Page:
Enquiry about object: 4056
Embroidered Akho Gara Sari
Parsee (Parsi) Surat region, India late 19th century
length: 530cm, width: 120cm
UK art market
– scroll down to see further images –
This fine akho gara sari (akho means ‘full’ as in ‘fully embroidered’) was made in Surat for the Parsee (Parsi) community. It comprises a dark purple silk gauze embroidered with Chinese-style embroidery with green, cream and yellow silk thread.
The borders are embroidered with a dense, rich design of peacocks amid flowers and foliage. The central panel is decorated with hundreds of small embroidered flower motifs.
Interestingly, those parts of the gara that would not be seen because they would be tucked in when draping the sari was being draped to be worn, have been left un-embroidered. Not only does this reduce the cost of such a sari (the embroidery work was very time consuming and thus expensive – apparently, garas were sold by their weight!) but it helped to reduce the weight and thickness of the sari making it easier to wear (Shah & Vatsal, 2010, p. 29).
The Parsees arrived as religious refugees to Gujarat in India in the eighth century from what is now Iran. They agreed on arrival to adopt many of local ways and so the women took to wearing saris in the manner of the local Gujarati women. Over time, Parsee saris –gara – developed their own style. Typically, a Parsee gara is five to five-and-a-half metres long and 110-120cm wide.
Originally, they were imported from China, but later, the saris were made locally in Gujarat but retaining some Chinese influence in the embroidery. They were costly when made and so were treated as heirloom pieces, passed from mother to daughter.
The Parsees, who follow the ancient religion of Zoroastrianism, first came to India from Persia in the 8th or tenth century, fleeing religious persecution. Today, probably there are about 125,000 Parsees or Zoroastrians worldwide. About 70,000 live in Mumbai/Bombay, a city of 14 million people. Another 1,700 live in Karachi in Pakistan. The Parsees of India and Pakistan are a distinct but exceptionally successful commercial minority. By the nineteenth century, Bombay’s Parsee families dominated the city’s commercial sector, particularly in spinning and dyeing and banking. Wealth from these activities was put into property so that by 1855, it was estimated that Parsee families owned about half of the island of Bombay. Today, India’s most prominent Parsee family is the Tata Family, founders and owners of India’s most prominent conglomerate the Tata Group. Despite their wealth, India’s Parsee community is hugely respected and admired in India because of the community’s humility and charitable works which extend way beyond serving members of their own community.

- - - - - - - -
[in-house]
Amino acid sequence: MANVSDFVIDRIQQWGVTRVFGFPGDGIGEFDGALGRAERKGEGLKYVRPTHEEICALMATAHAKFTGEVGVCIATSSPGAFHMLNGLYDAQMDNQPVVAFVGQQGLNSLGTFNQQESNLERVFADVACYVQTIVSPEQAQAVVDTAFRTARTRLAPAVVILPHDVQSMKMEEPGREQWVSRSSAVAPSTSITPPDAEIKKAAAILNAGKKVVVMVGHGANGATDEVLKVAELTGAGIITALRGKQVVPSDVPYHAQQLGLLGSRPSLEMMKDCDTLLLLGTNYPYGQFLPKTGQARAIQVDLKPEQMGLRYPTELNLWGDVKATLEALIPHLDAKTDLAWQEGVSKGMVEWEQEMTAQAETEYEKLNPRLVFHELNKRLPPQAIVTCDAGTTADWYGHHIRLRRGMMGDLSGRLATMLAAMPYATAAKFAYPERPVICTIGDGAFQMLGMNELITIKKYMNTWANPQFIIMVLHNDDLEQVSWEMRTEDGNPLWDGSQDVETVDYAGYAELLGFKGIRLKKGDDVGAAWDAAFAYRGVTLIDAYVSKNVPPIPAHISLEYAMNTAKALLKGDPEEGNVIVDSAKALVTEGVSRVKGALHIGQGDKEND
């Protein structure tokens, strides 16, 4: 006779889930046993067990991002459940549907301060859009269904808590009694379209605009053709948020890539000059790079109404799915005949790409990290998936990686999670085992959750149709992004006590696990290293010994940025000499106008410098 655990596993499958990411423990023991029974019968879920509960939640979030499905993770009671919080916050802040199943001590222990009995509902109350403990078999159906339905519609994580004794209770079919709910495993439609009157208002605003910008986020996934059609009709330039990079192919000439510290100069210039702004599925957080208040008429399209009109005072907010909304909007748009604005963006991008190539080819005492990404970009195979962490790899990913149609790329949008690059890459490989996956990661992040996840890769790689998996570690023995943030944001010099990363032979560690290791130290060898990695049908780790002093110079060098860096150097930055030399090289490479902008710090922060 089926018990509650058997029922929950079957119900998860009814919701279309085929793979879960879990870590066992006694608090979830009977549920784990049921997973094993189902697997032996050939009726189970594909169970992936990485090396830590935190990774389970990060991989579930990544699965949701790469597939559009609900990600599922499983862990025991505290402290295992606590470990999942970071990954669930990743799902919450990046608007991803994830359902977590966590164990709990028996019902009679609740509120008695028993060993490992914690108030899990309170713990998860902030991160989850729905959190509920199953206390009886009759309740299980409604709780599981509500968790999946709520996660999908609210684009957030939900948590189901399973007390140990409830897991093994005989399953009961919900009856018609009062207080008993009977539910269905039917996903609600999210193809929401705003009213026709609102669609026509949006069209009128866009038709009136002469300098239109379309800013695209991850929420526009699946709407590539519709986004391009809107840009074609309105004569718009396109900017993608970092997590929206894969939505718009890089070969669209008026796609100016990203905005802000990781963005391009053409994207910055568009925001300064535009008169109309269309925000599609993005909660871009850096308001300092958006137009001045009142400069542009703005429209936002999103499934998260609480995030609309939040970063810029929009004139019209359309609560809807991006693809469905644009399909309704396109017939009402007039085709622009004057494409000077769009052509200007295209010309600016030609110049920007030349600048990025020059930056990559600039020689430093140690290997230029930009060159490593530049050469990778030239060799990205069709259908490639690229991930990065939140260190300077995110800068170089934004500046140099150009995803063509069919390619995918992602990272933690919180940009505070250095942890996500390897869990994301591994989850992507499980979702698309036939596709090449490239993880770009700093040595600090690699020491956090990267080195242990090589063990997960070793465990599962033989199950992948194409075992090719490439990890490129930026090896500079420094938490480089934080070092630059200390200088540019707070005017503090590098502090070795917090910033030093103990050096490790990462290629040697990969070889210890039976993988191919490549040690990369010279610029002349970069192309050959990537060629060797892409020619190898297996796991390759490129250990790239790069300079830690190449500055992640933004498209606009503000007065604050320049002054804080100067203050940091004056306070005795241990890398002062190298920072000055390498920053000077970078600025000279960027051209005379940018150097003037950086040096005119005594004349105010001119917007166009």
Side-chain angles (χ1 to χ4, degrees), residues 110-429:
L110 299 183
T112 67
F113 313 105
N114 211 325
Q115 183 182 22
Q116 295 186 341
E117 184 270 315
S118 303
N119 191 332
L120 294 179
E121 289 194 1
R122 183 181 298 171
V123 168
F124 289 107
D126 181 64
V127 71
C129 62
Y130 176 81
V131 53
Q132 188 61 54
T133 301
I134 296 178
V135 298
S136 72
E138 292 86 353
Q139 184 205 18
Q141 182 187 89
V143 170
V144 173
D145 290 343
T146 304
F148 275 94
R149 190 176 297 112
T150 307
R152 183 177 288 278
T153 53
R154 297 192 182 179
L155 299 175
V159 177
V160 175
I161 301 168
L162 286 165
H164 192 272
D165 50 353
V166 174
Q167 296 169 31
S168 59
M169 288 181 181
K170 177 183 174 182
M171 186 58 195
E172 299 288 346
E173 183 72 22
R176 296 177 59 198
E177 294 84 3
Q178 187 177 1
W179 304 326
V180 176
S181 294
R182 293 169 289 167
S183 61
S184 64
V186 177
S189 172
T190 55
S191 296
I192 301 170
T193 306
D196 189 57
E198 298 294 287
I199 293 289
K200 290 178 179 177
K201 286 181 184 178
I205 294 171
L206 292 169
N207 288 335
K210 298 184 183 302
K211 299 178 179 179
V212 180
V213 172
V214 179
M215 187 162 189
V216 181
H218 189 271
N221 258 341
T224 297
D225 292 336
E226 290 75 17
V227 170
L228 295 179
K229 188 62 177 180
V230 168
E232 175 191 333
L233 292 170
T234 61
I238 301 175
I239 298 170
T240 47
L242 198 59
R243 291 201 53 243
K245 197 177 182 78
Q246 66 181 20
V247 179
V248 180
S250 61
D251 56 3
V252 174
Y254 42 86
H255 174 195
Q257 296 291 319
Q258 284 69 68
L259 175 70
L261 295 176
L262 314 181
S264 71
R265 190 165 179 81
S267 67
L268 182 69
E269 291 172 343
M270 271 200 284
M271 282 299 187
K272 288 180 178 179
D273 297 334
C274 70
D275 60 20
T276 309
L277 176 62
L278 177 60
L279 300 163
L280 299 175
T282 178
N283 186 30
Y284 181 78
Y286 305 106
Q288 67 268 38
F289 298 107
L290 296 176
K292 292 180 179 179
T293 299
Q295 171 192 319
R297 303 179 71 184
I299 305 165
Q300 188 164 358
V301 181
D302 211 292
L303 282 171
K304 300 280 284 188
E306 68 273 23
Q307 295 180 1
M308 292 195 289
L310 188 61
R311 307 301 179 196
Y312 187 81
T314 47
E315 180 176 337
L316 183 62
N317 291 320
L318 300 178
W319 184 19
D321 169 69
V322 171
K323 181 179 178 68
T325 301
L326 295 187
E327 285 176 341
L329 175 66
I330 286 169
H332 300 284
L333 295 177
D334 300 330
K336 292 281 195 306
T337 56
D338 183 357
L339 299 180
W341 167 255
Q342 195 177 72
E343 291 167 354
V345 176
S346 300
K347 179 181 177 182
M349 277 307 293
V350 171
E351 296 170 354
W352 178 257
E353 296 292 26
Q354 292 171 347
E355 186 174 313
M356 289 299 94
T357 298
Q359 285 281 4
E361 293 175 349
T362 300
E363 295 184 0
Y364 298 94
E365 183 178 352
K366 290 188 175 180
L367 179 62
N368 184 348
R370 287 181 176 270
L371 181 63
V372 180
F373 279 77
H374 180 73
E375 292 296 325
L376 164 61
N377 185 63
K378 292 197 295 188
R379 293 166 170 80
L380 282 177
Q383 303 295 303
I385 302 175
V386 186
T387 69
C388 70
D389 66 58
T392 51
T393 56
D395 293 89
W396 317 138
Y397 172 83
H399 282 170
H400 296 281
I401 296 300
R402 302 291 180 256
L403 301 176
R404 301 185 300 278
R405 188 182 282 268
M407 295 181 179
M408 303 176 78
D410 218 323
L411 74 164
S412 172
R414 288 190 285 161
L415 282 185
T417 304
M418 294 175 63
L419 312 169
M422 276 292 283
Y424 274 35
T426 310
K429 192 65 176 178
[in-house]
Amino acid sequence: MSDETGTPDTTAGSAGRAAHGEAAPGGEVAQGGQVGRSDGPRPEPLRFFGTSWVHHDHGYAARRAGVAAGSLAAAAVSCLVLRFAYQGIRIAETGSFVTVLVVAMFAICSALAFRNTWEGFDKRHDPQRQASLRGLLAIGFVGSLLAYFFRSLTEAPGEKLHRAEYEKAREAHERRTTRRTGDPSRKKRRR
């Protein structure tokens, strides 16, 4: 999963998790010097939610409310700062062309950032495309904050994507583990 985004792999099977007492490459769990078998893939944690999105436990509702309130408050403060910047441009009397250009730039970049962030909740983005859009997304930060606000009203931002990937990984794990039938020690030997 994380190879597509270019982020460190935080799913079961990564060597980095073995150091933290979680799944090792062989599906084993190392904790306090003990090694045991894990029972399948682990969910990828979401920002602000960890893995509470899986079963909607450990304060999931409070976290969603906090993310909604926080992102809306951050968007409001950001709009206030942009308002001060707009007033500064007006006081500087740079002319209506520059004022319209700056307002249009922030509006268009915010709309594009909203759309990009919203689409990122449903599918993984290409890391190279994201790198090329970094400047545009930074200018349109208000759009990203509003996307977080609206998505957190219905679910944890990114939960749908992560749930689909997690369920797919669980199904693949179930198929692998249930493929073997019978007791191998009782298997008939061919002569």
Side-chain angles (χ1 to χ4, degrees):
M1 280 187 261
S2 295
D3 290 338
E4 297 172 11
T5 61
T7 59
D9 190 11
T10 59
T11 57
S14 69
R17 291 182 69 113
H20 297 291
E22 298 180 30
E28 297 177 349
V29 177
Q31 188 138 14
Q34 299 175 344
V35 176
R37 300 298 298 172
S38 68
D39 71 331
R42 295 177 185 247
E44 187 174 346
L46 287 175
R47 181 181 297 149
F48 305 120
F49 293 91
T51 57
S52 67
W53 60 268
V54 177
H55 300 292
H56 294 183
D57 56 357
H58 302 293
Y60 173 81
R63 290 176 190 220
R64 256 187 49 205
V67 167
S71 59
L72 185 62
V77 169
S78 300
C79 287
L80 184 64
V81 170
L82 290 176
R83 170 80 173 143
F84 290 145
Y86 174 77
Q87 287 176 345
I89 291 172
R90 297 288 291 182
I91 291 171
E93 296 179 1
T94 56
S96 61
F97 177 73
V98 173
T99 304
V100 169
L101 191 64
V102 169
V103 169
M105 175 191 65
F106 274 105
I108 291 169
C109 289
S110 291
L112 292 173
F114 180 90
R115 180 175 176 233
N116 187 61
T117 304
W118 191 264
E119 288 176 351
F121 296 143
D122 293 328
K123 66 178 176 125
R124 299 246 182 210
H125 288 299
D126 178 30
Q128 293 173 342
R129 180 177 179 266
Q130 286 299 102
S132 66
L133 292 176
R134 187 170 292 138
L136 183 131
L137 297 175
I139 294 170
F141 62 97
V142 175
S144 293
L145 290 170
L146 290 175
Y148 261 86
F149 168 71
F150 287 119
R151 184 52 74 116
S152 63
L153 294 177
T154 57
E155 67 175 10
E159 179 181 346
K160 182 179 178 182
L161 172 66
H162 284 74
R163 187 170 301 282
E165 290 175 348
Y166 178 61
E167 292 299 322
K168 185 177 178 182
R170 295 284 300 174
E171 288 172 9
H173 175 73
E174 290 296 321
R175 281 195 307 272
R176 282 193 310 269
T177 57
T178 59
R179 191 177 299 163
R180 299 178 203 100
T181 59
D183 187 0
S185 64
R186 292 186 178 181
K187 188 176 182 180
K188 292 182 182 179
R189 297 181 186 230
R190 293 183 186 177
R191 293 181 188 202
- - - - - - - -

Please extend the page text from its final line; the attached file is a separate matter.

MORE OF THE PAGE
Well-off though they are as a community, the Parsees are dying out. It has been estimated that a thousand Parsees die each year in Mumbai, but only 300- 400 are born. Today, one in five Mumbai Parsis is aged 65 or more. In 1901 the figure was one in fifty. Low birth rates are the main factor. Probably no Parsees remain in Burma today.
The gara here is in very fine condition especially given its age. There are no obvious holes and no repairs.
Shah, S., & T. Vatsal, Peonies & Pagodas: Embroidered Parsi Textiles – The Tapi Collection, Garden Silk Mills, 2010.
Stewart, S. (ed.), The Everlasting Flame: Zoroastrianism in History and Imagination, SOAS, 2013.